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I really liked The Da Vinci Code. Though it wasn't the first exposure I've had to that interpretation of the Grail legend, I still thought it was interesting. I'm not looking forward to the film version though.
 

Daz

Force Sensitive
El Chuxter I'm actually with you on this one.
Thank god I'm not alone:grin:


El Chuxter I tried reading it to see what the big deal was, and it was so poorly written.
Gullible Sh*te that I am I went out and bought both this and his other one Angel & Demons based on the hype(more money then sense me). Imagine my dismay when I discover it's written by a complete hack probably with the use of a writing by the numbers self help manual. :mad:

El Chuxter I couldn't get through the first twenty pages. The supposedly shocking theories he put forth have been around for centuries.
Given that I had already spent my hard earned cash (ok maybe hard would be pushing it) I some how pushed on past page twenty past the cliched character introduction and onto the transparent made for movie cat and mouse set piece set In the Louvre .Now quite how the cat never caught the mouse I'll never know seen as they seemed to stop every five minutes to study a painting and have the professor lecture his lady friend and the reader for about thirty pages at a time. Such was the length of these lecture's that I was nearly half way through the book and they still hadn't left the bloody Louvre. It was at this point that I just said money be damned I've wasted enough time on this tripe and threw it away, if I wanted lecture's I'd be in college.
 

Bel-Cam Jos

Jedi Council Member
Aug 16, 2001
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105
Where 'text' & 'friend' are nouns
I guess I'll have to step in the voice of reason :)p kidding). The DaVinci Code was one of the best reads I've had in a while. I was not "shocked" by the theories, but the pacing was excellent. Were there some extended passages of extreme details? Yes. But the chapters weren't any longer than, what, 5 or 6 pages? That's concise writing; so what if that's semi-scripted. I don't know if I truly felt a closeness to the characters, by plot-wise and structurally, it was a great book, IMHO.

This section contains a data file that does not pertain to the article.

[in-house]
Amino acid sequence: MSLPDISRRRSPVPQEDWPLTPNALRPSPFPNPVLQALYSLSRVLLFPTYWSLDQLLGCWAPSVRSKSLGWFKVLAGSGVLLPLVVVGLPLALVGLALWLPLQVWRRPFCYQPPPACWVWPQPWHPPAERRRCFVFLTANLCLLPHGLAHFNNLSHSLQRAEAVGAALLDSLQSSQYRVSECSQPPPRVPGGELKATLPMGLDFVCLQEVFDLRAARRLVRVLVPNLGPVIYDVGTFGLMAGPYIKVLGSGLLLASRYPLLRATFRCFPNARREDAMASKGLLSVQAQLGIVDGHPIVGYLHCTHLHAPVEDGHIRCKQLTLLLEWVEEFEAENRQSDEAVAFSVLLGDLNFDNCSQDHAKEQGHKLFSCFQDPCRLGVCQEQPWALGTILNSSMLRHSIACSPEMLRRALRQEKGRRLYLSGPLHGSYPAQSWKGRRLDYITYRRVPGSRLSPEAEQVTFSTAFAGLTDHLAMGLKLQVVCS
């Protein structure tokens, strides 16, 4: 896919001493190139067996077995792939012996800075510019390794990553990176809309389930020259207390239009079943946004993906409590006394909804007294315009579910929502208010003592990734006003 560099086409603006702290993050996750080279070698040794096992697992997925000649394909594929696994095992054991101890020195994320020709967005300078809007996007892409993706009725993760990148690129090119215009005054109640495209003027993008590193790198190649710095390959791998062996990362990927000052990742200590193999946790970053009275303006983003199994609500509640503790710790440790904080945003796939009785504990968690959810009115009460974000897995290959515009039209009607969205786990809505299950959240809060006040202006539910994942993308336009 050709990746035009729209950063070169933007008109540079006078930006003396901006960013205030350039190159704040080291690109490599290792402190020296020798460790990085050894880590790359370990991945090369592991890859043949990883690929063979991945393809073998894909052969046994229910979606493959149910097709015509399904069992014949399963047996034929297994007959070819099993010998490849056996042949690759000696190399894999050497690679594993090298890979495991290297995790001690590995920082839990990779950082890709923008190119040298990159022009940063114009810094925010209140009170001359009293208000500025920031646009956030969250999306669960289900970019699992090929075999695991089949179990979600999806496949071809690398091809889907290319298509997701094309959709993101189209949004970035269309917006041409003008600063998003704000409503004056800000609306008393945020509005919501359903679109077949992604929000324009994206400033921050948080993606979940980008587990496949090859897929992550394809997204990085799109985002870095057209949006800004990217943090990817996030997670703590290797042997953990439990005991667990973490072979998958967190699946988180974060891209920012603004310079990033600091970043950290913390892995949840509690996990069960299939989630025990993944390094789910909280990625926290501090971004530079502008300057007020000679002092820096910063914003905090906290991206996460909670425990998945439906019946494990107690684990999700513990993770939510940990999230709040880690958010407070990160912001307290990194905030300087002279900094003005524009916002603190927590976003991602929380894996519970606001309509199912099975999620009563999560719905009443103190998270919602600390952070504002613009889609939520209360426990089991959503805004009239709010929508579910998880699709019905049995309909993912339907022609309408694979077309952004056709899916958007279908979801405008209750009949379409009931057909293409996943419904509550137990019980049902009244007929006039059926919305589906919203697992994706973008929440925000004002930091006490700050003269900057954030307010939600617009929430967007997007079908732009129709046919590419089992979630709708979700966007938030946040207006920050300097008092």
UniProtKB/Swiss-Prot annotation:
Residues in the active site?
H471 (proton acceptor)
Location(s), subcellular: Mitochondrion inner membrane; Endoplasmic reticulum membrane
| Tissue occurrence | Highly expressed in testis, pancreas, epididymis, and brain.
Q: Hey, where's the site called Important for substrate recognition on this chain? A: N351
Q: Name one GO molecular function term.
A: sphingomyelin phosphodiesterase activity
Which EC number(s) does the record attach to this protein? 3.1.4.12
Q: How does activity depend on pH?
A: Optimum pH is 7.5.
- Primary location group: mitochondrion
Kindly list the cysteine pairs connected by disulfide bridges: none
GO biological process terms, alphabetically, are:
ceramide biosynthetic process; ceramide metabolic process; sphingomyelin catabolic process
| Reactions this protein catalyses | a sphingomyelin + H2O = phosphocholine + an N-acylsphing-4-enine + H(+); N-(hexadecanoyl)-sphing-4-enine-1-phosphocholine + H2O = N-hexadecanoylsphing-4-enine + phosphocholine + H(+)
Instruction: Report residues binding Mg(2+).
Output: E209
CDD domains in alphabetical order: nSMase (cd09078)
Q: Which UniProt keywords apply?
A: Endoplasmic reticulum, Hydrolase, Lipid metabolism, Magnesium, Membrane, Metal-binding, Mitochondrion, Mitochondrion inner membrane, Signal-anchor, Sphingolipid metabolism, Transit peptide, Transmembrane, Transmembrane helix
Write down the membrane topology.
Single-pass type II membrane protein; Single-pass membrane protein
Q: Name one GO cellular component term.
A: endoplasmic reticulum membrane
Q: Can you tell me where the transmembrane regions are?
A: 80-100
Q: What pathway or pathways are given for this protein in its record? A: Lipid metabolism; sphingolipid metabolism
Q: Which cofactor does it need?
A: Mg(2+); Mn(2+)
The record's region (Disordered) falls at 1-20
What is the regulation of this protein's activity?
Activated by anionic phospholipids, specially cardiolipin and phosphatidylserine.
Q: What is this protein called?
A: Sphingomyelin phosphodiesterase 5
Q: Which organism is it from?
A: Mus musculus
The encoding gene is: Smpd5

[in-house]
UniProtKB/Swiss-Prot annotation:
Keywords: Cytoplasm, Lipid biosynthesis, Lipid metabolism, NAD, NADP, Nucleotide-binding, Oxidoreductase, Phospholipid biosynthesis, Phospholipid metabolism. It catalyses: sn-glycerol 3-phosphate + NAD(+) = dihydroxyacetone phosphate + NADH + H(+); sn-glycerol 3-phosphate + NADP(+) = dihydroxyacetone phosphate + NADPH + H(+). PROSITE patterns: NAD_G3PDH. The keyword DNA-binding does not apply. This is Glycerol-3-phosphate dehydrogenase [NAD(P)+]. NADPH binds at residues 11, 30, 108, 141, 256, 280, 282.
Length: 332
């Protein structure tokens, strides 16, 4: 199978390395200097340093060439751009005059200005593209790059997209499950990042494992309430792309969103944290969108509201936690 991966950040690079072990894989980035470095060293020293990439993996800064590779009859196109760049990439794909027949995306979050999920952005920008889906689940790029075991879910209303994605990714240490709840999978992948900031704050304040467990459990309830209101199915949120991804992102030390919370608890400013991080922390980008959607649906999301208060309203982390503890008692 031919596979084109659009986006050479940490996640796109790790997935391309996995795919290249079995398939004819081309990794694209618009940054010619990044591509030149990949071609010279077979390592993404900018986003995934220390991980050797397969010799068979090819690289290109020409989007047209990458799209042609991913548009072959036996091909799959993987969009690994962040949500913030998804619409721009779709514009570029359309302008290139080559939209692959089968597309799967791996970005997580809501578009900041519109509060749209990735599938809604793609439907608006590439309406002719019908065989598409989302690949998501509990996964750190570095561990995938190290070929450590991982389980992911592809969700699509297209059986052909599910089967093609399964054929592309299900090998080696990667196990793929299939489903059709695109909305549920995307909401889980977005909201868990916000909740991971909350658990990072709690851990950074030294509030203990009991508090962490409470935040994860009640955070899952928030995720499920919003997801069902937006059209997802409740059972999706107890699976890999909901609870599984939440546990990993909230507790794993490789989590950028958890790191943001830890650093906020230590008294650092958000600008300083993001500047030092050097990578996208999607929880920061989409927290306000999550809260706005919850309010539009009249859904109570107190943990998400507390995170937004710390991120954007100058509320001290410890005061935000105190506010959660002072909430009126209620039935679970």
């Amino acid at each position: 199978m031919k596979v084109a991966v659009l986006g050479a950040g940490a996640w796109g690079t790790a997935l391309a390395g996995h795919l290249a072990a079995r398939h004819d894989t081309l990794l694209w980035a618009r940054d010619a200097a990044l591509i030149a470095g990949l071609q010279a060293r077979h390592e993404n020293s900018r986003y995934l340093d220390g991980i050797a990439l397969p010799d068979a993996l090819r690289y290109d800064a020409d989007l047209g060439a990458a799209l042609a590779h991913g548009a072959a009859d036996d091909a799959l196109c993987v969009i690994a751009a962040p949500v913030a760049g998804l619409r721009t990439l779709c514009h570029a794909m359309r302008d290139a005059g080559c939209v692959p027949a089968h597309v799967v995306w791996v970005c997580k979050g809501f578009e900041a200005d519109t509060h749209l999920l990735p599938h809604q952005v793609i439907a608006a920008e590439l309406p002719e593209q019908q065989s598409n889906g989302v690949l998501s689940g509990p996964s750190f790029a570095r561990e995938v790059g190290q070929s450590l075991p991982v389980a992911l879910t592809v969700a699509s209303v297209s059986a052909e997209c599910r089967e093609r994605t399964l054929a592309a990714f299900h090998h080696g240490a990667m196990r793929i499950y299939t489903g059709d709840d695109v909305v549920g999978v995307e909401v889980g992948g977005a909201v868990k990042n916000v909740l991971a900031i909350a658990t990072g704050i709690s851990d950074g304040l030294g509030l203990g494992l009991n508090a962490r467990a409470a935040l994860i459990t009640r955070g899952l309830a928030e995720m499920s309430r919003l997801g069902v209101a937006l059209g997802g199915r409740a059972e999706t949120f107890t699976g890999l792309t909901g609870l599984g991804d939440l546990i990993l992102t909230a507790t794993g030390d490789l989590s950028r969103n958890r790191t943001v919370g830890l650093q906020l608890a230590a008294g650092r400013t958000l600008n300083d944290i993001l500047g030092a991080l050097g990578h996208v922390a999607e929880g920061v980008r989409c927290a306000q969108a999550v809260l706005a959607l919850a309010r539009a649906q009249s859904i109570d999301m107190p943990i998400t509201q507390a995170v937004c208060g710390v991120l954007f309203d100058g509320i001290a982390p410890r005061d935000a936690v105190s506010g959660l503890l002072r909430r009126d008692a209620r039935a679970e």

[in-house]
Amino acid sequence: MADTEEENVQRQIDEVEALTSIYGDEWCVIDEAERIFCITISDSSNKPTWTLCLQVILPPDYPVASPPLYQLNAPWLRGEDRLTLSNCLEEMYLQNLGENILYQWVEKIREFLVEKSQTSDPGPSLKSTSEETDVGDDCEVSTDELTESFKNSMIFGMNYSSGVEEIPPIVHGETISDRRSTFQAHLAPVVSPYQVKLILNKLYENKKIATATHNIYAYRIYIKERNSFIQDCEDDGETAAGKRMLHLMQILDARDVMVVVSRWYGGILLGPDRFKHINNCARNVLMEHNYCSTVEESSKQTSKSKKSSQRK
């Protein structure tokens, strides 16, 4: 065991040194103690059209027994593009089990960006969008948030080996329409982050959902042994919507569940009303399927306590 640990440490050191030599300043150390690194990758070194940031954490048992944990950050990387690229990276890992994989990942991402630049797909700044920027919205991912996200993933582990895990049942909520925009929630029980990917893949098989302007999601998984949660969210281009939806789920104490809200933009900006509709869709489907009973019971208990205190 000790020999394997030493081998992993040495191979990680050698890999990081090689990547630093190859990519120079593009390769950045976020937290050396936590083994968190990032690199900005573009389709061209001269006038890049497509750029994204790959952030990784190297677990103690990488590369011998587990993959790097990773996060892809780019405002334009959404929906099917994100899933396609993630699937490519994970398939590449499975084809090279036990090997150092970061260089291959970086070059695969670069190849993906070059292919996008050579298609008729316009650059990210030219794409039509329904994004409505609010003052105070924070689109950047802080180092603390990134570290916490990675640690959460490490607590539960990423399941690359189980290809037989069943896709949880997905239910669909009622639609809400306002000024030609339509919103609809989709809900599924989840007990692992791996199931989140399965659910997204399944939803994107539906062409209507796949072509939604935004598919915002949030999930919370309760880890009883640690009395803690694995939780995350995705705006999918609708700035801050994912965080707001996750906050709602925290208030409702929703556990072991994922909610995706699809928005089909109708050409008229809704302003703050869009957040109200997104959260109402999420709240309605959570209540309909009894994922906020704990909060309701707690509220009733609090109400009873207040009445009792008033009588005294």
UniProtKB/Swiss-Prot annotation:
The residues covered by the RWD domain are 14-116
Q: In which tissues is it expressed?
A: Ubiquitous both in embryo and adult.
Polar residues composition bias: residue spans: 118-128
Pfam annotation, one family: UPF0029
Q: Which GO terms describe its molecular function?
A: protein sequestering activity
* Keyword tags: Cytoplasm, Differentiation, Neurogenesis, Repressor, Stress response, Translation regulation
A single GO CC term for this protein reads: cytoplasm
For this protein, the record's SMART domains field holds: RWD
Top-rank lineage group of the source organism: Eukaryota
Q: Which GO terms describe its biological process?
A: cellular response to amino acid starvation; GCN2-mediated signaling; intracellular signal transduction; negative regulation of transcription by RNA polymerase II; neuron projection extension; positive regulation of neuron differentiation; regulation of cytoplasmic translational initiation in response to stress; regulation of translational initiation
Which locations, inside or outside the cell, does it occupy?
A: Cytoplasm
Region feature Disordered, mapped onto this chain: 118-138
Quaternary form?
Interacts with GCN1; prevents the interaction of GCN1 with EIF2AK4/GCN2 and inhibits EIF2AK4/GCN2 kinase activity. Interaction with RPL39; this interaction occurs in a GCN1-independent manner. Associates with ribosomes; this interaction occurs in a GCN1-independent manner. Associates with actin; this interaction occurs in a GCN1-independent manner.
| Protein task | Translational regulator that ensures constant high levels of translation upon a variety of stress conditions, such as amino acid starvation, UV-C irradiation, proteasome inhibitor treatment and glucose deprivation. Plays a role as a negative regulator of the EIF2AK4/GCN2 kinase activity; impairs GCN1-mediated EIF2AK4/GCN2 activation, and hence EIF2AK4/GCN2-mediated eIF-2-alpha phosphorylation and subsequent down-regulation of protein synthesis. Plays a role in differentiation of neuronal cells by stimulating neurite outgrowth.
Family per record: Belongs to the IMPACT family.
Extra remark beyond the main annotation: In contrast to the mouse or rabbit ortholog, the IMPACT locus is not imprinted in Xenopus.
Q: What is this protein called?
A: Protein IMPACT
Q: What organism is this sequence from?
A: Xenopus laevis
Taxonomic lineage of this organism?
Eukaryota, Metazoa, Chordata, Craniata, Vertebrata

Bobby Fett

Jedi Initiate
I just finished The Battle of Corrin by Herbert and Anderson. I've always liked the Dune series.

Right now, I'm half way through Dreadnought: Britain, Germany, and the Coming of the Great War by Robert Massie. If you like history, I recommend this one highly, but be forewarned: there is a second volume - Castles of Steel: Britain, Germany, and the Winning of the Great War at Sea. About 1700 pages total.

I don't have anything on the agenda after that. Yet.
 

Ji'dai

Jedi Apprentice
Oct 31, 2002
4,388
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Indiana
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I was burned out on epic poetry after finishing the books and plays mentioned in my last post (The Iliad, The Odyssey, Virgil's The Aeneid, Sophocles' plays Antigone, Oedipus the King, and Oedipus at Colonus).

Around Thanksgiving I flew through all six Harry Potter books in a whirlwind two week period and had pretty good time doing that. Rowling must place some enchantment on her books because I simply could not put them down. I can't wait for the last volume now.

I read the epic Beowulf around Christmas time in an interesting bilingual translation by Irish poet Seamus Heaney. The modern English translation of the poem is presented side by side with the original Old English manuscript. It's amazing how much the English language has evolved in a thousand years. I recognized a few words in the OE script still in use in modern English and German, but most of the words were alien to me.

I most recently finished Dante's The Divine Comedy, which details the author's guided tour through Hell, Purgatory, and Heaven.

Needing something a little lighter, I picked up Mark Twain's The Adventures of Tom Sawyer and Huckleberry Finn at the library last week.